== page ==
Utilizing Safety Data Sheets During your Job Safety Analysis and Job Hazard Analysis Preparation

Safety Data Sheets (SDS) are required under The Hazard Communication Standard (HCS) (29 CFR 1910.1200(g)) of the U.S. Department of Labor's Occupational Safety and Health Administration (OSHA). OSHA requires that the chemical manufacturer, distributor, or importer provide Safety Data Sheets for each hazardous chemical they produce, distribute or import. In 2012 OSHA retired the older forms which were called Material Safety Data Sheets or MSDS and replaced the MSDS with the Safety Data Sheets which now are consistent with international standards and now are in alignment with the United Nation's (UN) Globally Harmonized System of Classification and Labelling of Chemicals (GHS). The SDS's are broken into a standardized 16-section format. Safety Data Sheets are an invaluable tool that should be utilized when preparing a Job Safety Analysis or Job Hazard Analysis.

OSHA now requires the following standardized sections in all Safety Data Sheets:

  • Section 1: Identification includes product identifier; manufacturer or distributor name, address, phone number; emergency phone number; recommended use; restrictions on use.
  • Section 2: Hazard(s) identification includes all hazards regarding the chemical; required label elements.
  • Section 3: Composition/information on ingredients includes information on chemical ingredients; trade secret claims.
  • Section 4: First-aid measures includes important symptoms/effects, acute, delayed; required treatment.
  • Section 5: Fire-fighting measures lists suitable extinguishing techniques, equipment; chemical hazards from fire.
  • Section 6: Accidental release measures lists emergency procedures; protective equipment; proper methods of containment and cleanup.
  • Section 7: Handling and storage lists precautions for safe handling and storage, including incompatibilities.
  • Section 8: Exposure controls/personal protection lists OSHA's Permissible Exposure Limits (PELs); ACGIH Threshold Limit Values (TLVs); and any other exposure limit used or recommended by the chemical manufacturer, importer, or employer preparing the SDS where available as well as appropriate engineering controls; personal protective equipment (PPE).
  • Section 9: Physical and chemical properties lists the chemical's characteristics.
  • Section 10: Stability and reactivity lists chemical stability and possibility of hazardous reactions.
  • Section 11: Toxicological information includes routes of exposure; related symptoms, acute and chronic effects; numerical measures of toxicity.
  • Section 12: Ecological information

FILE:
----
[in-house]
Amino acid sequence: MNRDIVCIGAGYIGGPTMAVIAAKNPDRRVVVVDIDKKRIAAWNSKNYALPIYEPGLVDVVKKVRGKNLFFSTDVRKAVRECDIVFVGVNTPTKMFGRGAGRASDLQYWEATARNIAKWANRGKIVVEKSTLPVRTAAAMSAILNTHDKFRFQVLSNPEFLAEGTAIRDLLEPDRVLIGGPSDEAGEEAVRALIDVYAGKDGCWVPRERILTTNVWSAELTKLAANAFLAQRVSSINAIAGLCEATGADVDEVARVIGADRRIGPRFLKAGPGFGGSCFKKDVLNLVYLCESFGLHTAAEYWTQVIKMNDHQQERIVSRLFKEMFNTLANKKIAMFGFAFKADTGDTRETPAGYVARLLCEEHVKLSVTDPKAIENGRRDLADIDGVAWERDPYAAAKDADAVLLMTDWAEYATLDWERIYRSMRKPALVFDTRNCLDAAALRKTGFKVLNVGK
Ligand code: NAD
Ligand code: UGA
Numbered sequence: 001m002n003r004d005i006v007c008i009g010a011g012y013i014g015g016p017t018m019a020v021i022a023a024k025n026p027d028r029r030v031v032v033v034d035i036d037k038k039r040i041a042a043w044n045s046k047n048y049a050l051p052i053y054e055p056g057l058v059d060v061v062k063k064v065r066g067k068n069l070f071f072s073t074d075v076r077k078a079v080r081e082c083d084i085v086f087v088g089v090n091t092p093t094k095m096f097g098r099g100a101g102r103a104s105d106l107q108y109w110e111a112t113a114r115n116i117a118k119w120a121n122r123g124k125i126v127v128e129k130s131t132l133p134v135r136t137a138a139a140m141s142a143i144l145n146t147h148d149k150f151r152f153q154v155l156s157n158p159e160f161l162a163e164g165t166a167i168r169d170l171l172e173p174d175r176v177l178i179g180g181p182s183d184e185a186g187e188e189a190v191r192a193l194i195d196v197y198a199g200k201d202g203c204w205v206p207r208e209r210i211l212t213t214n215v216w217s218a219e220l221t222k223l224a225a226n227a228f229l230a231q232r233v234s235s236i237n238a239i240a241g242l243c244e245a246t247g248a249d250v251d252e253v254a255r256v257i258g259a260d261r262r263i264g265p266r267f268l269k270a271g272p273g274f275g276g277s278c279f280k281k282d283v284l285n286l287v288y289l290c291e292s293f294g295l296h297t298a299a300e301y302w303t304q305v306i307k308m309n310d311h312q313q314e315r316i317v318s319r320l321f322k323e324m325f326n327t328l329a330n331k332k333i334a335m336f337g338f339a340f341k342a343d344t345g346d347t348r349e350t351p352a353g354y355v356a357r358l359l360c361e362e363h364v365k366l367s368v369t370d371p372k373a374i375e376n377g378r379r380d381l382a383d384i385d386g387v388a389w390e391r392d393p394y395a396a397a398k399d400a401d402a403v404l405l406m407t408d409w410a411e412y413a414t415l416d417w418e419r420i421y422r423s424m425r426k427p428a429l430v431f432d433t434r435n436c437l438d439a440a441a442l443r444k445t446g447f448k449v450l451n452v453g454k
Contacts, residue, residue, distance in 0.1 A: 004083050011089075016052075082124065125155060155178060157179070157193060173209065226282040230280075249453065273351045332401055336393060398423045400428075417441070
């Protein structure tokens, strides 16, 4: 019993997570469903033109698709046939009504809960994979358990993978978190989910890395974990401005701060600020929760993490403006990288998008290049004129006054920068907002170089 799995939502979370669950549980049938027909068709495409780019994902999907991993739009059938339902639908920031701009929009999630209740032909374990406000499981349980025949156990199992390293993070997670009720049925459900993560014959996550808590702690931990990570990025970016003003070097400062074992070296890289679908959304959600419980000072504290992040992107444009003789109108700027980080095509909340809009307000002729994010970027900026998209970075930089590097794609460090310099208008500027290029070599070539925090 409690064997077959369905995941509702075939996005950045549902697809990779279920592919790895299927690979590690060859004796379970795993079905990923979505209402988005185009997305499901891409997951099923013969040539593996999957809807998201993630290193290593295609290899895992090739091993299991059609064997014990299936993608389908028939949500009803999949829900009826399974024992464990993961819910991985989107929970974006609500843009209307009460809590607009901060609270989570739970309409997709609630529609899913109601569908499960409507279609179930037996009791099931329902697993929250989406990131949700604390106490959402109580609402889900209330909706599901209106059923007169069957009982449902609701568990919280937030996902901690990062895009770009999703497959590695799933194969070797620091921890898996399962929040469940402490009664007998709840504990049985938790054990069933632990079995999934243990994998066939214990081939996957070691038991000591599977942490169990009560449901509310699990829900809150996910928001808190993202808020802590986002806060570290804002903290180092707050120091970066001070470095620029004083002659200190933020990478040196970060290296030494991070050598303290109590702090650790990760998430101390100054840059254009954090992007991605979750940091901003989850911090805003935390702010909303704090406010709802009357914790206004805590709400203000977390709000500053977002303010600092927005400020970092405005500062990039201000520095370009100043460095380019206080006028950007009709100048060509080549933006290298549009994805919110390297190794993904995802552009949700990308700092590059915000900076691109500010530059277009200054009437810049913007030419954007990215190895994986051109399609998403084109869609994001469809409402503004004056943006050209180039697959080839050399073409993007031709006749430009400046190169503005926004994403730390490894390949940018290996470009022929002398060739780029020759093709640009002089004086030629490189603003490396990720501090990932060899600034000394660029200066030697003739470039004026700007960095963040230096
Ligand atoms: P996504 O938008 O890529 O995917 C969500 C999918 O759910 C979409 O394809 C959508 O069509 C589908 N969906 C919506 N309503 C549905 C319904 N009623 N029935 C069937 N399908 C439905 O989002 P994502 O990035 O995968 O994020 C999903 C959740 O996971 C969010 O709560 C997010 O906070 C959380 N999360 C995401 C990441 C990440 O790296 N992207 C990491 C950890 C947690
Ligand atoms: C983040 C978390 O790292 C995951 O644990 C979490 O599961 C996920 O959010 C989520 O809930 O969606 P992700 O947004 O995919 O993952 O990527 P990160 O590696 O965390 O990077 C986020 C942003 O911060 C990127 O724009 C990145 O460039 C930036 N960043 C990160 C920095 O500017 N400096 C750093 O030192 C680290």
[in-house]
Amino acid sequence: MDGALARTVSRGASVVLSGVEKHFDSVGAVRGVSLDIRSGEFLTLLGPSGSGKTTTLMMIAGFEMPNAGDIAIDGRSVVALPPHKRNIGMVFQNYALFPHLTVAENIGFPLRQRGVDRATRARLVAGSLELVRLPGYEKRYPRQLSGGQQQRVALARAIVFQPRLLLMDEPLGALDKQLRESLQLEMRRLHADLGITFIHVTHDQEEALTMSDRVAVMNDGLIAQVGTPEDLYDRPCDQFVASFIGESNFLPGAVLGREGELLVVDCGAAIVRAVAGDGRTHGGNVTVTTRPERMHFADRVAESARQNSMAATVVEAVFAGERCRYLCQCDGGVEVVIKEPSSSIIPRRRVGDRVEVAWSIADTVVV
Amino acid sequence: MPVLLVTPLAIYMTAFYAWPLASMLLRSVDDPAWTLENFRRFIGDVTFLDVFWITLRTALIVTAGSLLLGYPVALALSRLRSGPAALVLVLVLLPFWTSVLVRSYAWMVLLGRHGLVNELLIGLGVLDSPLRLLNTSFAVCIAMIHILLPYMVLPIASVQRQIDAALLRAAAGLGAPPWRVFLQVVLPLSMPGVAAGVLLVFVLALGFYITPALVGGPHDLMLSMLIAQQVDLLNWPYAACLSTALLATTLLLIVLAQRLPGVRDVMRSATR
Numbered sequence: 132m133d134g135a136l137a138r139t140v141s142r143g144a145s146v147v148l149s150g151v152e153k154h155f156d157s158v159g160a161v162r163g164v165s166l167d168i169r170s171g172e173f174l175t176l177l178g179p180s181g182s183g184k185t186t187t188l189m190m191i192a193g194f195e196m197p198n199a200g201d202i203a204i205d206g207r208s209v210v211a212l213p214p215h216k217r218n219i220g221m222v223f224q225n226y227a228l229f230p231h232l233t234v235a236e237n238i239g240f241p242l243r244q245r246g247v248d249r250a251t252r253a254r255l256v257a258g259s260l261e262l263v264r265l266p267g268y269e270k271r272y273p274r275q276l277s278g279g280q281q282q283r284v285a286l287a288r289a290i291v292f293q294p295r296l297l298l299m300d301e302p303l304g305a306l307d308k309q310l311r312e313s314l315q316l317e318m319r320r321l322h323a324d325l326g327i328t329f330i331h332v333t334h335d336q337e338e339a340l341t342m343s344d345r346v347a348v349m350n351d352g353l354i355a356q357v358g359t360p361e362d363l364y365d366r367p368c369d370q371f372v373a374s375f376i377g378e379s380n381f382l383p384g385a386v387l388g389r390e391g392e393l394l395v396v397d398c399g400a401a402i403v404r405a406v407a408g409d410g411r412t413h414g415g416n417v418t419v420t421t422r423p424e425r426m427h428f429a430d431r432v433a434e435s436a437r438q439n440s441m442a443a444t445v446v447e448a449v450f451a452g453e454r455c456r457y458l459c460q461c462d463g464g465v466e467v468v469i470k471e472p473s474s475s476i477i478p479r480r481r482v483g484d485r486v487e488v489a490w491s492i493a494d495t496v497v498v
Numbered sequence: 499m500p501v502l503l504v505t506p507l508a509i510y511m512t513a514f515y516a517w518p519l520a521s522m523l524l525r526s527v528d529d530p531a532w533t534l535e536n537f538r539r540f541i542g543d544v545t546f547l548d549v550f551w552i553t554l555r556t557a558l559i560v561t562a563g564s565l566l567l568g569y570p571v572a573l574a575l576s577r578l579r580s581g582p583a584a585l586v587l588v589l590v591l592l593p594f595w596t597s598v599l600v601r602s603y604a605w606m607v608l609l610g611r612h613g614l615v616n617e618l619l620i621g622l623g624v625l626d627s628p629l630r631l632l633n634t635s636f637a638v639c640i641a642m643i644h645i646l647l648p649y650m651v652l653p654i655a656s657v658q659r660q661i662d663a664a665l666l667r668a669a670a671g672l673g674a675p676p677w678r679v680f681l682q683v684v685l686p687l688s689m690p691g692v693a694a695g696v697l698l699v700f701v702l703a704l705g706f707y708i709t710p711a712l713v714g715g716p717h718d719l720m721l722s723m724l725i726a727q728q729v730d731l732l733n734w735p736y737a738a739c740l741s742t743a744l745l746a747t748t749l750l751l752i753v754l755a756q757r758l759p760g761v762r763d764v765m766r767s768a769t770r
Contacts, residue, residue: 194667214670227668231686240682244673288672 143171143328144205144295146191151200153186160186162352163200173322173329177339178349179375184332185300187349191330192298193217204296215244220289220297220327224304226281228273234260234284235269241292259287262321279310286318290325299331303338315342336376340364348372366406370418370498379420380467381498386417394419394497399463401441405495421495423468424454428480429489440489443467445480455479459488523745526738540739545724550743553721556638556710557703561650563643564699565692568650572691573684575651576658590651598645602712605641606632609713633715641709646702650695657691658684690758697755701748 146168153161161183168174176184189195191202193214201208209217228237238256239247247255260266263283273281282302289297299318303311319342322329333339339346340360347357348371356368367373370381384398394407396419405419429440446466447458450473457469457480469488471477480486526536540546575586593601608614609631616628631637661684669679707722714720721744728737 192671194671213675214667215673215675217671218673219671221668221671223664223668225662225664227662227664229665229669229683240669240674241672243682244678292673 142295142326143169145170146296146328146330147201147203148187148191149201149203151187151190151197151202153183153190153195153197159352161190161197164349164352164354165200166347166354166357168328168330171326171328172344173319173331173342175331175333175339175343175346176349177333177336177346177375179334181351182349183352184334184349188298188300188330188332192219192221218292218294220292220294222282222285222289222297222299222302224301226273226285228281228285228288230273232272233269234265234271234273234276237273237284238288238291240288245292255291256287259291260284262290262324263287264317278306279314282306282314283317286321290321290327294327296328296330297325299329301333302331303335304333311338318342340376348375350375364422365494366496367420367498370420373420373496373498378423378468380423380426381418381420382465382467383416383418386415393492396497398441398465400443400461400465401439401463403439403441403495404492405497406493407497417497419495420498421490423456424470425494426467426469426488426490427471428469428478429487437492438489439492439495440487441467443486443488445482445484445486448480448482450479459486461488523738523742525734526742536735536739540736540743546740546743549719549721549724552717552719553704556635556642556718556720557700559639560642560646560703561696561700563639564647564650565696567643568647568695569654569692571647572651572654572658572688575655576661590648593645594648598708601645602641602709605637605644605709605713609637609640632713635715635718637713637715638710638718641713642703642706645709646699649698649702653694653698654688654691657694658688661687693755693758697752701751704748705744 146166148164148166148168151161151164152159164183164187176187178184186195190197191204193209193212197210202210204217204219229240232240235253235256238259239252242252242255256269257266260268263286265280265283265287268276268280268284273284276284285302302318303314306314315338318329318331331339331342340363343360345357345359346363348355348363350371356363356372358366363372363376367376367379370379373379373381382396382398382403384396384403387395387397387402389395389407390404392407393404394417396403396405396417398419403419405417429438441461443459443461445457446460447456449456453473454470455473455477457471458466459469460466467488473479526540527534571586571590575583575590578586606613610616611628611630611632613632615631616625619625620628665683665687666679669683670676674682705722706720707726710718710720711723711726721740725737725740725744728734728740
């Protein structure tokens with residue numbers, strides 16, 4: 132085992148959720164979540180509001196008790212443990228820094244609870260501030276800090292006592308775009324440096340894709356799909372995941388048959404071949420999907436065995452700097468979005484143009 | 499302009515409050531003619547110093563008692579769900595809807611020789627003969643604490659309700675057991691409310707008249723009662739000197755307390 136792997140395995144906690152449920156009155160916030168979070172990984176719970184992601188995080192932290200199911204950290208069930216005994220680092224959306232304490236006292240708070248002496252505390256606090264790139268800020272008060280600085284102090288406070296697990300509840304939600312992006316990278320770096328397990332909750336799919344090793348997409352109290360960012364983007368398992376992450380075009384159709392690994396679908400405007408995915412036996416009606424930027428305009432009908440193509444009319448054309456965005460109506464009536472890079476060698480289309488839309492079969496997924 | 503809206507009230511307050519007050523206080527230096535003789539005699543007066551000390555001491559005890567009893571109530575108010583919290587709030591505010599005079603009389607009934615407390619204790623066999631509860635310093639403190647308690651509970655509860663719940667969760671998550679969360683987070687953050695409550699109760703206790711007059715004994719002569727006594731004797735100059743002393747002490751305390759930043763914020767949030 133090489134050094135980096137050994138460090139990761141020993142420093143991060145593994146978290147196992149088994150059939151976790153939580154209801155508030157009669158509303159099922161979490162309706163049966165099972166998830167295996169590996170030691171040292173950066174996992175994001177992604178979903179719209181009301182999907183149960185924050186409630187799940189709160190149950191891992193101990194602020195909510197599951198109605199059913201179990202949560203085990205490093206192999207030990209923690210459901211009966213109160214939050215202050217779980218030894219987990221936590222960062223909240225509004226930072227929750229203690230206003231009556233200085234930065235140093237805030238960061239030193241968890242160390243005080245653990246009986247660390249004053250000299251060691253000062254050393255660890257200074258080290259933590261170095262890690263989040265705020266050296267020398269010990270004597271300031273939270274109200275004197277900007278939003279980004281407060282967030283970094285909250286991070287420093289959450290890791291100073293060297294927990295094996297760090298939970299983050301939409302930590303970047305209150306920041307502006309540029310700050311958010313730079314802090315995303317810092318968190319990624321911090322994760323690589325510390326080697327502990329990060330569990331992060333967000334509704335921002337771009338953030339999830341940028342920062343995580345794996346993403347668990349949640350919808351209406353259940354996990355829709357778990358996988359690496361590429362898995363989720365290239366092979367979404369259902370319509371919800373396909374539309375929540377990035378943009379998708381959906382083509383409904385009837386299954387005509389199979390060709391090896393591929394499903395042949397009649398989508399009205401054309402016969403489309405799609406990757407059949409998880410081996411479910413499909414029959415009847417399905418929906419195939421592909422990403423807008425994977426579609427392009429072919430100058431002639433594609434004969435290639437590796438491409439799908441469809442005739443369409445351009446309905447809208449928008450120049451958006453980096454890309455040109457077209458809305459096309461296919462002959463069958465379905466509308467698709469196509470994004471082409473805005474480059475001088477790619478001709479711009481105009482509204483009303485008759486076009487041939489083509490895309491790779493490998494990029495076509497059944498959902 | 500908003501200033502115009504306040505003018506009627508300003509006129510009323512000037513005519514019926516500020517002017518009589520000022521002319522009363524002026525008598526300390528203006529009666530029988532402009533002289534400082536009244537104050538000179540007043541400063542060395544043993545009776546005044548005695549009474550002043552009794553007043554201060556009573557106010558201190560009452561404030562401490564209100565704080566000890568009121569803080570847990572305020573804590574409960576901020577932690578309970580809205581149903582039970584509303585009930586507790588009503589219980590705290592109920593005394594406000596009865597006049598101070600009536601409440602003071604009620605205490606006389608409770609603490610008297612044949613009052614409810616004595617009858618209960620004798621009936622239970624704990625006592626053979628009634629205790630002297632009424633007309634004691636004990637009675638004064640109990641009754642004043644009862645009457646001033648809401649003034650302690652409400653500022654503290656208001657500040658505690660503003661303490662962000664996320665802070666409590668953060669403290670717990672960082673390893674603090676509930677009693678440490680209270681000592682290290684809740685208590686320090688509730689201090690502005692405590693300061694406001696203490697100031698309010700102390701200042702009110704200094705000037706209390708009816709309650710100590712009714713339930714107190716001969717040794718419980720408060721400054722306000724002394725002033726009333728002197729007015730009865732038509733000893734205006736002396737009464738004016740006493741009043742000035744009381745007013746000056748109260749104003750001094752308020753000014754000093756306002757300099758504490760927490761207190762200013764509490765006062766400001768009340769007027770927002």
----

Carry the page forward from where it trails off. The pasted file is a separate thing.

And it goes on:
• Section 13: Disposal considerations
  • Section 14: Transport information
  • Section 15: Regulatory information
  • Section 16: Other information, includes the date of preparation or last revision.

Additional details regarding information that should be included in these sections can be found in OSHABrief Hazard Communication Standard: Safety Data Sheets.

As part of the hazard and risk assessment conducted during the preparation of a Job Safety Analysis or Job Hazard Analysis, it is considered a best practice to inventory all chemicals that will be required to complete the task or job. This chemical inventory can be used for a wide variety of safety related pre-planning scenarios. For example the information can be used to make sure each chemical has an up to date Safety Data Sheet, that workers are trained in the proper use of the chemicals, that workers have the proper personal protective equipment (PPE) and know how to use the PPE when working with any given chemical, workers are trained and understand basic first aid related to the chemicals, in the event of an emergency.

In addition to chemicals that are specifically required to complete the required work, work crews may bring with them additional chemicals that may not be job specific but of a more general nature. Another best practice is to require that these chemicals, that may be left over from prior jobs or be of general purpose and included on a work vehicle, also have Safety Data Sheets. Often a binder of Safety Data Sheets is maintained for each work crew and / or work vehicle. Having a vehicle specific notebook binder of Safety Data Sheets can be very helpful, or essential, in the event one of these chemicals is used on the job or in the event of an accident or spill.

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